06 Oct 23

Data Analytics in football: How LFC Used Data to Gain the Edge

Mohammed Dougramaji

Liverpool Football Club’s ascent to the pinnacle of English football wasn’t just about passion or luck. Behind the loud roars of the Kop and the ceaseless spirit of their fans, they left their mark on data analytics in football- diligently crafting a success story. This article provides a breakdown of how Liverpool Football Club used data and math to up its game and works as a case study to show how data analytics in football can be leveraged.

Excited Liverpool fans celebrate in the stadium, exemplifying the passion behind the team's use of data analytics in football for strategic success.


Ian Graham’s Mathematical Model for Data Analytics in Football


Up against financial titans like Manchester City, Chelsea, and Manchester United, Liverpool’s tactics in the transfer market needed innovation. This is when Dr. Ian Graham and his groundbreaking mathematical model came into the picture.

Dr. Ian Graham’s mathematical models adopted advanced analytics to assess player performance beyond what traditional stats showed. This unique perspective didn’t just focus on a player’s goal or assist tally but illuminated the potential impact they could make within Jürgen Klopp’s tactical framework. Now what did these mathematical models include and why were they so pivotal in the context of data analytics in football?

Dr. Ian Graham, the key strategist behind Liverpool's successful application of data analytics in football, seen in a professional headshot.


Monitoring the Physical Data Analytics in Football


Graphs & charts comparing players' traditional goals and assists with Expected Goals (xG) and Expected Assists (xA), highlighting the advanced insights provided by data analytics in football.

Liverpool has strategically harnessed the power of data analytics in football to elevate their game and ensure superior player management. By deploying tracking systems and aerial cameras, the club captures real-time positioning data of both players and the ball during matches. This initiative facilitates thorough match analysis and recruitment work, showcasing the practical application of data analytics in football.

The partnership with SkillCorner further amplifies Liverpool’s data analytic capabilities, leveraging live video analytics to monitor ball and player movements, a crucial aspect in evaluating performance and detecting player fatigue. The integration of wearable technology, particularly a fitness tracking system, during training sessions underscores another dimension of data analytics in football at Liverpool. It provides critical metrics such as distance covered, speed, and physical impacts, which are instrumental in monitoring player fatigue and overall physical performance.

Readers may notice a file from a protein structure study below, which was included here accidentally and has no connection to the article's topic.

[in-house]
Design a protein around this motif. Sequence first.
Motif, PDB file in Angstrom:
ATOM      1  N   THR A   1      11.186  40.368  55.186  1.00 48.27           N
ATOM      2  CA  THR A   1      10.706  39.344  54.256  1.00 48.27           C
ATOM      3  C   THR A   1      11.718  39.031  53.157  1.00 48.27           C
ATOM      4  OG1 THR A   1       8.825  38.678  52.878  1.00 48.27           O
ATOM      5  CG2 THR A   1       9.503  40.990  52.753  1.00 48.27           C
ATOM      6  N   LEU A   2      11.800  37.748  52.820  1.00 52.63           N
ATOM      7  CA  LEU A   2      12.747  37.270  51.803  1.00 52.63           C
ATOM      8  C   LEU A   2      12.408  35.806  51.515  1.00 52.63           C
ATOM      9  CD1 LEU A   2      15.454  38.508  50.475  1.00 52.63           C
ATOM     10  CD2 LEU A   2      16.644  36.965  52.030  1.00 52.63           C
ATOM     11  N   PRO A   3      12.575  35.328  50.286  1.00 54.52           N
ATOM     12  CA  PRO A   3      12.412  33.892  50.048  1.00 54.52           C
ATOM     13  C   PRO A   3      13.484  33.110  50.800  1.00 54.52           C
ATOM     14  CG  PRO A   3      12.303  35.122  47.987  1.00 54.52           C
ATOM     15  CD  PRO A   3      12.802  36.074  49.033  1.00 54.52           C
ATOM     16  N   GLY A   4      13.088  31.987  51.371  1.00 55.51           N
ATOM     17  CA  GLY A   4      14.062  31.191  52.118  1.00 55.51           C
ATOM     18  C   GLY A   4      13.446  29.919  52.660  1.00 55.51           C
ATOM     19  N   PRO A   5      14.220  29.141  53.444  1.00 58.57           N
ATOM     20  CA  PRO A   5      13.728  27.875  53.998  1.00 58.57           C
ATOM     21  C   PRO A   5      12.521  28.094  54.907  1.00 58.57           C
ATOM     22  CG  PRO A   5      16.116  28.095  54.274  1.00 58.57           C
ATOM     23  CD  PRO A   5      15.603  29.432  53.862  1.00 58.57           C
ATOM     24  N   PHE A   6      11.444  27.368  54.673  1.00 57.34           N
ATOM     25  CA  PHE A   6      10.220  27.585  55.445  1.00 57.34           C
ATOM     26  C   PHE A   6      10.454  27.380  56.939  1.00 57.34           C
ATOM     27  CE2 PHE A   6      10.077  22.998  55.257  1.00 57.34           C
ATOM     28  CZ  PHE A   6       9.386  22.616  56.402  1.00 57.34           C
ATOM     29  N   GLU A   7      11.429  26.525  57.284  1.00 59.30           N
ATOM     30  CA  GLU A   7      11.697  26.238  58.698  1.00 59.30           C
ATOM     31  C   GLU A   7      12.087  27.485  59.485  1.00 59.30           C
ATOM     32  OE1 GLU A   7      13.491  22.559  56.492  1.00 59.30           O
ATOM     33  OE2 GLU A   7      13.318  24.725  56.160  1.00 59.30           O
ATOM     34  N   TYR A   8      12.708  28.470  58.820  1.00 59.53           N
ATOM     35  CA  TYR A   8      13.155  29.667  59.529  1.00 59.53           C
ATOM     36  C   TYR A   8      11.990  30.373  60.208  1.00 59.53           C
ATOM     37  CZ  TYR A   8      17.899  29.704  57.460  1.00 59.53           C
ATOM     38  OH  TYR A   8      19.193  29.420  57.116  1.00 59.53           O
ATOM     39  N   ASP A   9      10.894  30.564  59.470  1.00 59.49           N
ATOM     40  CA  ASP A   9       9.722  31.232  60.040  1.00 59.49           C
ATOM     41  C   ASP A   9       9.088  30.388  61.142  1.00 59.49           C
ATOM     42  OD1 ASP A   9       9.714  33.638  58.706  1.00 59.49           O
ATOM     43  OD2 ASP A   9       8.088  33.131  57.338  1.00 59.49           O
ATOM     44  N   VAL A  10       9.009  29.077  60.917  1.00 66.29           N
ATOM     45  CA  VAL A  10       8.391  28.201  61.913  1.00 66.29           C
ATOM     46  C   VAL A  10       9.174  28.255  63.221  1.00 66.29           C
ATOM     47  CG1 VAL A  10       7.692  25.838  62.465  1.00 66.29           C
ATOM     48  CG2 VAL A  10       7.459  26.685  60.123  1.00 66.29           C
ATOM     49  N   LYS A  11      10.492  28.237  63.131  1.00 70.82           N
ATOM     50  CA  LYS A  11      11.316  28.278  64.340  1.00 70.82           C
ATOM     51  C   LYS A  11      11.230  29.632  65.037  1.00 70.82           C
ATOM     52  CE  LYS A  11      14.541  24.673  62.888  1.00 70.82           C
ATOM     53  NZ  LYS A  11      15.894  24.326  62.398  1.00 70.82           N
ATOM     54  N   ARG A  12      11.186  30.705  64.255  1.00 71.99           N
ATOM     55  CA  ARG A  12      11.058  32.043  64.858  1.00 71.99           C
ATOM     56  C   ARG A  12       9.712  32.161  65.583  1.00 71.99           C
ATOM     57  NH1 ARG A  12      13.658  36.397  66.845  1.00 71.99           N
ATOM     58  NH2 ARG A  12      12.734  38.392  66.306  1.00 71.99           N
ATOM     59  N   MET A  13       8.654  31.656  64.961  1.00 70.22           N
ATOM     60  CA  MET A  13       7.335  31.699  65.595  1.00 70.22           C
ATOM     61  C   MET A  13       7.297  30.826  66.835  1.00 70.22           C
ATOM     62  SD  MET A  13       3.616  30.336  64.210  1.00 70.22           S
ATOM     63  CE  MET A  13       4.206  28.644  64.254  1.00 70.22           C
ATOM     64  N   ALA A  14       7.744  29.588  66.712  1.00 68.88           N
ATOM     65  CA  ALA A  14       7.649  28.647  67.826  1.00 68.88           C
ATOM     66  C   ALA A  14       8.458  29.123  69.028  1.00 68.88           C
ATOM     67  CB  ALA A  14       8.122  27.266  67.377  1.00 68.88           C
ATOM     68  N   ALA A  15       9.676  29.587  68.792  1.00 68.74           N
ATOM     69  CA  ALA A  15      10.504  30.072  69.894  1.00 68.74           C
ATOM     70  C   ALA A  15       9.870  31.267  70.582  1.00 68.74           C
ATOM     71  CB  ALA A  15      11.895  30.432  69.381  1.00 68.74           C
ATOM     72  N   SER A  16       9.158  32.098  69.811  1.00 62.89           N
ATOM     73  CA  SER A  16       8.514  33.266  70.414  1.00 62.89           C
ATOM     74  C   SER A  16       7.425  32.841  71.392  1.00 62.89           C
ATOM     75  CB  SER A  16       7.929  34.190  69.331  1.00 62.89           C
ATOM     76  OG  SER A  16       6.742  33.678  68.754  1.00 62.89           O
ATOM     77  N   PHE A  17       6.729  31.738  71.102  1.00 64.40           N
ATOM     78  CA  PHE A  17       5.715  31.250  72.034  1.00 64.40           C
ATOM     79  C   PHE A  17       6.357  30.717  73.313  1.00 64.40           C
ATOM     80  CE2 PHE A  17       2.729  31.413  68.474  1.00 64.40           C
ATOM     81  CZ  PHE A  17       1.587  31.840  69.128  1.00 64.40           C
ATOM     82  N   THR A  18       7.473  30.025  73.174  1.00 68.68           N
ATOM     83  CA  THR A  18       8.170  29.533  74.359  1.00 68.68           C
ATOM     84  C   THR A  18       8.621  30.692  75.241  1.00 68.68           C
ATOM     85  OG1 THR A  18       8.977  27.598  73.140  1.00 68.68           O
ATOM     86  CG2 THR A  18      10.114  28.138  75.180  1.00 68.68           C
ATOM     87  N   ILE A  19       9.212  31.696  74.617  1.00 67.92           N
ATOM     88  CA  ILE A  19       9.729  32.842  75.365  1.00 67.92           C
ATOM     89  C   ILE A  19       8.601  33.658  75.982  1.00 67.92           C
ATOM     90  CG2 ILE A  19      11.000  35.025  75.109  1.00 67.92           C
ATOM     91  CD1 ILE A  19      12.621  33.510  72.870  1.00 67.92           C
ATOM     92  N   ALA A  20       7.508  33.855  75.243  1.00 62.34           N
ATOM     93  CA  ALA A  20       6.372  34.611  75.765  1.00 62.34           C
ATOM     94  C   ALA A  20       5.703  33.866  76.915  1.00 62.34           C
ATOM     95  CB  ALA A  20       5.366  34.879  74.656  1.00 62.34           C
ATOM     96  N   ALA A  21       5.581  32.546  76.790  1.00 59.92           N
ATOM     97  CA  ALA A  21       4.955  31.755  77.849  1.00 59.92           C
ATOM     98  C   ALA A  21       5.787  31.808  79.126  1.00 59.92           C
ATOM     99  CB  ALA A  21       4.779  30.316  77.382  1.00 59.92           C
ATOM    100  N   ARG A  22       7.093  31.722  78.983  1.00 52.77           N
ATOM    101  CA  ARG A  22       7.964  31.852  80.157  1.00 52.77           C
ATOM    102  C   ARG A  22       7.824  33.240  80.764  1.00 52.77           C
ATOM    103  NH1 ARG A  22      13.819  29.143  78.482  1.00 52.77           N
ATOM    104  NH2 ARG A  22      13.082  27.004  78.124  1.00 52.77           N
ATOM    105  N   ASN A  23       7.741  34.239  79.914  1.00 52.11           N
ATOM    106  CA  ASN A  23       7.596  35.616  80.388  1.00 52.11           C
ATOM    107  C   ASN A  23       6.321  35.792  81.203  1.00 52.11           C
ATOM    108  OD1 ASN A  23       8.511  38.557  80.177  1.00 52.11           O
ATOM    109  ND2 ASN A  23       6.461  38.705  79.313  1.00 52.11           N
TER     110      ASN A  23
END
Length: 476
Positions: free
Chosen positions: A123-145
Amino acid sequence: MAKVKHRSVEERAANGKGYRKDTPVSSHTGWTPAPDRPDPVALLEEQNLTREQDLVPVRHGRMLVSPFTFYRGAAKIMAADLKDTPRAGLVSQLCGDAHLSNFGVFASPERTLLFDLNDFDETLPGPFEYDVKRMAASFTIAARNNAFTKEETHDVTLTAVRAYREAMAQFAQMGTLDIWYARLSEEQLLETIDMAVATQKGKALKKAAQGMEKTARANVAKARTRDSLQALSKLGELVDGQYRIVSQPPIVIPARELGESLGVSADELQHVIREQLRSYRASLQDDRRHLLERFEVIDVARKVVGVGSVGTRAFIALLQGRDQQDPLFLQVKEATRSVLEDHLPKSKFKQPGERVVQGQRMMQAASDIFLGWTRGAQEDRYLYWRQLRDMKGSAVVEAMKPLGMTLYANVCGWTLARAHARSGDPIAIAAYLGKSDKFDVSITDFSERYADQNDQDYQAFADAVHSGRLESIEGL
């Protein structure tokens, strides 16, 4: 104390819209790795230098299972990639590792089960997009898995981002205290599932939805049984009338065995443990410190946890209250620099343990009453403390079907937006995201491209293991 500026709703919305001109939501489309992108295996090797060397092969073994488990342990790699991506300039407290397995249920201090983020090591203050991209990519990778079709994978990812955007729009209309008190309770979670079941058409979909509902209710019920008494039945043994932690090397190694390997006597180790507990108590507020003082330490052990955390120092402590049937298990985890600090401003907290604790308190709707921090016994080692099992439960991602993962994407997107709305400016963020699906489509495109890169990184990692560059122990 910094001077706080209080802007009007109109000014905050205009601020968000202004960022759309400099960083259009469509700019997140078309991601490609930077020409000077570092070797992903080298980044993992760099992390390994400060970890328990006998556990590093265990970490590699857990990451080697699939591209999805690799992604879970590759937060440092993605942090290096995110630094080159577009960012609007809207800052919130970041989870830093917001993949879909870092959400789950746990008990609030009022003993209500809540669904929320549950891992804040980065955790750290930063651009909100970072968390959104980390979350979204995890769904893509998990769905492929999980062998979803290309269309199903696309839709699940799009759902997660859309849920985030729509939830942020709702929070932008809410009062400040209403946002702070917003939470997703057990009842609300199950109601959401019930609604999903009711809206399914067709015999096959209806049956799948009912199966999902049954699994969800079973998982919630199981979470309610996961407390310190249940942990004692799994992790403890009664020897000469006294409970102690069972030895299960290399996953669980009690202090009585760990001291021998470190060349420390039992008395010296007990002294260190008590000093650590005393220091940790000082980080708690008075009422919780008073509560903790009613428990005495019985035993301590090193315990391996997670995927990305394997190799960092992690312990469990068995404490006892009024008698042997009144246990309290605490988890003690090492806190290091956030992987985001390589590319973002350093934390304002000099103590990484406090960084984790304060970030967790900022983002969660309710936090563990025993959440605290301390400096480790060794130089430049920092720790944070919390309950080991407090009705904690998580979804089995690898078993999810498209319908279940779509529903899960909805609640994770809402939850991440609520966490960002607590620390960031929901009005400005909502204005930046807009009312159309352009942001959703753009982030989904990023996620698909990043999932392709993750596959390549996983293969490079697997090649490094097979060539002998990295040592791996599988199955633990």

At the heart of these technological endeavors is a dedicated data analysis team led by Ian Graham, the director of research. The team’s role spans pre and post-match analysis, sports science explorations, and recruitment endeavors, embodying the essence of data analytics in football. Under Sporting Director Michael Edwards, Liverpool has championed innovative data science approaches, particularly focusing on granular analysis of pitch control, seamlessly weaving data analytics in football into top-level decision-making processes. This focus not only drives strategic planning but also engenders a deeper understanding of player performance on the field.

The club’s exploration into predictive and evaluative analytics, facilitated by wearables, exemplifies the broader scope of data analytics in football. It enables a data-driven culture that continuously strives for performance improvement, thus crafting a competitive edge for Liverpool FC in the football arena. Through these multi-faceted approaches, data analytics in football is no longer a mere concept but a practical tool that propels Liverpool towards sustained success on the football field.



Player Recruitment and the ‘Moneyball’ Philosophy


By combining Liverpool’s ‘Moneyball’ philosophy with Graham’s algorithmic insights into the data analytics in football led to some of the Premier League’s most shrewd acquisitions.

The front three went on to cause havoc in both the Premier League and Champions League. Costing a total of less than £100 million they went on to become one of the deadliest trio in the world and arguably the best front three ever. Proving that with the effective utilisation of data analytics in football,  Liverpool were able to identify not only players that would succeed individually, but would build a relationship that would frighten the defensive for years to come.


The Coutinho Windfall